In Wired, Cory Doctorow explains why bad legal precedents from more than a decade ago are making us more vulnerable rather than safer:
We live in a world made of computers. Your car is a computer that drives down the freeway at 60 mph with you strapped inside. If you live or work in a modern building, computers regulate its temperature and respiration. And we’re not just putting our bodies inside computers — we’re also putting computers inside our bodies. I recently exchanged words in an airport lounge with a late arrival who wanted to use the sole electrical plug, which I had beat him to, fair and square. “I need to charge my laptop,” I said. “I need to charge my leg,” he said, rolling up his pants to show me his robotic prosthesis. I surrendered the plug.
You and I and everyone who grew up with earbuds? There’s a day in our future when we’ll have hearing aids, and chances are they won’t be retro-hipster beige transistorized analog devices: They’ll be computers in our heads.
And that’s why the current regulatory paradigm for computers, inherited from the 16-year-old stupidity that is the Digital Millennium Copyright Act, needs to change. As things stand, the law requires that computing devices be designed to sometimes disobey their owners, so that their owners won’t do something undesirable. To make this work, we also have to criminalize anything that might help owners change their computers to let the machines do that supposedly undesirable thing.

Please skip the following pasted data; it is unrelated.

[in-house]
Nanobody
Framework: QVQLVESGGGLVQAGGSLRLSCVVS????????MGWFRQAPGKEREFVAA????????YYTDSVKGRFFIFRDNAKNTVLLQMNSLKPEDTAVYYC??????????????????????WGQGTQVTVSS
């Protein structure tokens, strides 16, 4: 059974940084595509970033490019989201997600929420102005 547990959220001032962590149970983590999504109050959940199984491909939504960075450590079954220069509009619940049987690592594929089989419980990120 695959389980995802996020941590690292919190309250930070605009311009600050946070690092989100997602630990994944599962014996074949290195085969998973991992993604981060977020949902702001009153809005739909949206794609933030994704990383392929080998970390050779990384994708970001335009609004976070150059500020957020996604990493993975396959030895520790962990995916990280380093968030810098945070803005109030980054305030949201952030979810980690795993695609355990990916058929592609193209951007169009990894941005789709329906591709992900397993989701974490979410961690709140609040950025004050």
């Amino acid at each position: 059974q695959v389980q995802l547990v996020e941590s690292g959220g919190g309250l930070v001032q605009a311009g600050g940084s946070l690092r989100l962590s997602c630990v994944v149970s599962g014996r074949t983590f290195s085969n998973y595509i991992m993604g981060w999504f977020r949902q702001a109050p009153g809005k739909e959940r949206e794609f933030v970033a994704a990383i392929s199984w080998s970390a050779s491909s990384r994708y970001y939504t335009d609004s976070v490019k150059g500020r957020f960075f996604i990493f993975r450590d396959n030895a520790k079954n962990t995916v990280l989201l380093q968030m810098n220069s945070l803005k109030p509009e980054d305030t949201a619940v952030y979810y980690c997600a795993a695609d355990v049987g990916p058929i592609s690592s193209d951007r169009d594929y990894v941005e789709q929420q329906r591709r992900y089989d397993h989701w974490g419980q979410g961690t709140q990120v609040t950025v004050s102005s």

This approach to controlling digital devices was annoying back in, say, 1995, when we got the DVD player that prevented us from skipping ads or playing an out-of-region disc. But it will be intolerable and deadly dangerous when our 3-D printers, self-driving cars, smart houses, and even parts of our bodies are designed with the same restrictions. Because those restrictions would change the fundamental nature of computers. Speaking in my capacity as a dystopian science fiction writer: This scares the hell out of me.